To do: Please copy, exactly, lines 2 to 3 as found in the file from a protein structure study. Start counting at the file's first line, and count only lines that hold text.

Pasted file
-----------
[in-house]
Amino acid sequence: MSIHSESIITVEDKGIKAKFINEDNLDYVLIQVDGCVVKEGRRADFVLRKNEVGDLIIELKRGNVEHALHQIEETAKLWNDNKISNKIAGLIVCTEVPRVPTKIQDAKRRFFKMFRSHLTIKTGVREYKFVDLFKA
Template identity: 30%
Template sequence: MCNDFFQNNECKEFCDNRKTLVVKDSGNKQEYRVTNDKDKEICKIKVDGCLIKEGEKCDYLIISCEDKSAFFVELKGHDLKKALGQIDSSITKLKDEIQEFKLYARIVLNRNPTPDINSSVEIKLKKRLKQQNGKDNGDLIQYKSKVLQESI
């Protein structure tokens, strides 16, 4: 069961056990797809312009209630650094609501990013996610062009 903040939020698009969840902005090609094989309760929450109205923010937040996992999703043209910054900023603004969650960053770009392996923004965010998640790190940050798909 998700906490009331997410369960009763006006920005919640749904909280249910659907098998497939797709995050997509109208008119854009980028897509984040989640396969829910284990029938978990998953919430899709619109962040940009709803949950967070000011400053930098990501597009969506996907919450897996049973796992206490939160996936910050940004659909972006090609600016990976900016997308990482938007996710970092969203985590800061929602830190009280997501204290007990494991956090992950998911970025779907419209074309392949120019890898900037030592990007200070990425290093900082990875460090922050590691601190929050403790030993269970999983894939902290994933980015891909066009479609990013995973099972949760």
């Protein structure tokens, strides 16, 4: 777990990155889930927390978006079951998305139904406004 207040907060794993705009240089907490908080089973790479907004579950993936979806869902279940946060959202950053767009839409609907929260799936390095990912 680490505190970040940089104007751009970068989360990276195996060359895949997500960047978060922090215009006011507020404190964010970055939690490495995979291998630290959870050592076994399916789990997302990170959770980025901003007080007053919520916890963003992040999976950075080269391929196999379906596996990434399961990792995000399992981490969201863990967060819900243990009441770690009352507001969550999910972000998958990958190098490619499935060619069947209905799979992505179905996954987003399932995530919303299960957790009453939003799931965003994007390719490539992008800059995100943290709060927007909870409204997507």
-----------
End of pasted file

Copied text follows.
Amino acid sequence: MSIHSESIITVEDKGIKAKFINEDNLDYVLIQVDGCVVKEGRRADFVLRKNEVGDLIIELKRGNVEHALHQIEETAKLWNDNKISNKIAGLIVCTEVPRVPTKIQDAKRRFFKMFRSHLTIKTGVREYKFVDLFKA
Template identity: 30%